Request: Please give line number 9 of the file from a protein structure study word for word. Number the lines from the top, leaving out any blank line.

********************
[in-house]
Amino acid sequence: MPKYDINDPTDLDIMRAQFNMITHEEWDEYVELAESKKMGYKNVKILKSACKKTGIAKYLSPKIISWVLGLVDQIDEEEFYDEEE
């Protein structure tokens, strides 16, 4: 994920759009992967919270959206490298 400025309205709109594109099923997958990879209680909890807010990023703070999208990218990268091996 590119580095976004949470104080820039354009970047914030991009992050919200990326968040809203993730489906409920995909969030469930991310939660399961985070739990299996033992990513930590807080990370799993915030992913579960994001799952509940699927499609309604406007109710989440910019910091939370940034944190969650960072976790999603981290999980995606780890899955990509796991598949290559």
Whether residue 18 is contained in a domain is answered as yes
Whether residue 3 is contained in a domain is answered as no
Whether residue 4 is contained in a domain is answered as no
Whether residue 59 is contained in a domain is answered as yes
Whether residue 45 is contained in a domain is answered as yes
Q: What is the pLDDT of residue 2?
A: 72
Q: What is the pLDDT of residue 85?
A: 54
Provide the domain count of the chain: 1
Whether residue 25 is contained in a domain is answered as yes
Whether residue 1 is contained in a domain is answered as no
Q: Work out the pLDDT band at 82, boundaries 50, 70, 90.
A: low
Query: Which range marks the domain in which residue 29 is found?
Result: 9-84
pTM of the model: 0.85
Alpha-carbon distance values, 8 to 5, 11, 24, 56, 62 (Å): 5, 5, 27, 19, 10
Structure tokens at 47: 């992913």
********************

Q: What is the pLDDT of residue 2?